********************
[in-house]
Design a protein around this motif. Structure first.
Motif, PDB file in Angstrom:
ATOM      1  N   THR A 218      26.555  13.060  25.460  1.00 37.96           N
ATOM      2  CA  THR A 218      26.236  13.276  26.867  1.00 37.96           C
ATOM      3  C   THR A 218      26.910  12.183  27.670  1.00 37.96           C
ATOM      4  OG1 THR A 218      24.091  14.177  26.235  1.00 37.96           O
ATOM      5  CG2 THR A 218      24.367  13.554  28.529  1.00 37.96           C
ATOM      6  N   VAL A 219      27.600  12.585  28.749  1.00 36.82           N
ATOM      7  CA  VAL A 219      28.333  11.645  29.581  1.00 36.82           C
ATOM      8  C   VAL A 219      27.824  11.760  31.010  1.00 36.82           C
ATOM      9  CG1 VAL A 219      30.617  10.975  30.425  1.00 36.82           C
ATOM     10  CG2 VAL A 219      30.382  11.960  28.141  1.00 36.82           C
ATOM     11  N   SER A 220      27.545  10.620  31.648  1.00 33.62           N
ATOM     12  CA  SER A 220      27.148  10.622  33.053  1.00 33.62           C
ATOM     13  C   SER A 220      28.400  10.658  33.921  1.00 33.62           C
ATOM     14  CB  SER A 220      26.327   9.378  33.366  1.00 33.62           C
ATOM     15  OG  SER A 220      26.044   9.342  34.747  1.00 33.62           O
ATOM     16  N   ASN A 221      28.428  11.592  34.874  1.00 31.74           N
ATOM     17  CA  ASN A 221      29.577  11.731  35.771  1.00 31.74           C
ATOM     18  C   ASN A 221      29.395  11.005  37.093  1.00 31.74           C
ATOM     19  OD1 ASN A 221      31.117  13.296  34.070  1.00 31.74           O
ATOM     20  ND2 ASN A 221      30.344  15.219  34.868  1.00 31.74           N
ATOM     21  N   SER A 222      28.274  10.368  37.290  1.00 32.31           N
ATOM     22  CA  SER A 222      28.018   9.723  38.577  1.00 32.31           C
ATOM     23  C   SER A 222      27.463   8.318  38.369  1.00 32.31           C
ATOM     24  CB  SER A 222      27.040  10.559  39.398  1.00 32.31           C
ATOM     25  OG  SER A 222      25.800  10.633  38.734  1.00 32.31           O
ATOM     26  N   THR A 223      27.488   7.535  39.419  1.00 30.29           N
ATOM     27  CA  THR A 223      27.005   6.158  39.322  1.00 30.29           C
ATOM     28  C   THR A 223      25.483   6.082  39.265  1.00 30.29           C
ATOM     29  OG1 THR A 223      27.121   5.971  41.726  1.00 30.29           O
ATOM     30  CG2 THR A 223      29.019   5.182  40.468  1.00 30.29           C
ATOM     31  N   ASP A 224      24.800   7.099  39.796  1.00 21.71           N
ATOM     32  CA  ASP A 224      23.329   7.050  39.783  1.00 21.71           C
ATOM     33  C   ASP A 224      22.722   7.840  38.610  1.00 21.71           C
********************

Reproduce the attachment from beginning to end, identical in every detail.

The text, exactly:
[in-house]
Design a protein around this motif. Structure first.
Motif, PDB file in Angstrom:
ATOM      1  N   THR A 218      26.555  13.060  25.460  1.00 37.96           N
ATOM      2  CA  THR A 218      26.236  13.276  26.867  1.00 37.96           C
ATOM      3  C   THR A 218      26.910  12.183  27.670  1.00 37.96           C
ATOM      4  OG1 THR A 218      24.091  14.177  26.235  1.00 37.96           O
ATOM      5  CG2 THR A 218      24.367  13.554  28.529  1.00 37.96           C
ATOM      6  N   VAL A 219      27.600  12.585  28.749  1.00 36.82           N
ATOM      7  CA  VAL A 219      28.333  11.645  29.581  1.00 36.82           C
ATOM      8  C   VAL A 219      27.824  11.760  31.010  1.00 36.82           C
ATOM      9  CG1 VAL A 219      30.617  10.975  30.425  1.00 36.82           C
ATOM     10  CG2 VAL A 219      30.382  11.960  28.141  1.00 36.82           C
ATOM     11  N   SER A 220      27.545  10.620  31.648  1.00 33.62           N
ATOM     12  CA  SER A 220      27.148  10.622  33.053  1.00 33.62           C
ATOM     13  C   SER A 220      28.400  10.658  33.921  1.00 33.62           C
ATOM     14  CB  SER A 220      26.327   9.378  33.366  1.00 33.62           C
ATOM     15  OG  SER A 220      26.044   9.342  34.747  1.00 33.62           O
ATOM     16  N   ASN A 221      28.428  11.592  34.874  1.00 31.74           N
ATOM     17  CA  ASN A 221      29.577  11.731  35.771  1.00 31.74           C
ATOM     18  C   ASN A 221      29.395  11.005  37.093  1.00 31.74           C
ATOM     19  OD1 ASN A 221      31.117  13.296  34.070  1.00 31.74           O
ATOM     20  ND2 ASN A 221      30.344  15.219  34.868  1.00 31.74           N
ATOM     21  N   SER A 222      28.274  10.368  37.290  1.00 32.31           N
ATOM     22  CA  SER A 222      28.018   9.723  38.577  1.00 32.31           C
ATOM     23  C   SER A 222      27.463   8.318  38.369  1.00 32.31           C
ATOM     24  CB  SER A 222      27.040  10.559  39.398  1.00 32.31           C
ATOM     25  OG  SER A 222      25.800  10.633  38.734  1.00 32.31           O
ATOM     26  N   THR A 223      27.488   7.535  39.419  1.00 30.29           N
ATOM     27  CA  THR A 223      27.005   6.158  39.322  1.00 30.29           C
ATOM     28  C   THR A 223      25.483   6.082  39.265  1.00 30.29           C
ATOM     29  OG1 THR A 223      27.121   5.971  41.726  1.00 30.29           O
ATOM     30  CG2 THR A 223      29.019   5.182  40.468  1.00 30.29           C
ATOM     31  N   ASP A 224      24.800   7.099  39.796  1.00 21.71           N
ATOM     32  CA  ASP A 224      23.329   7.050  39.783  1.00 21.71           C
ATOM     33  C   ASP A 224      22.722   7.840  38.610  1.00 21.71           C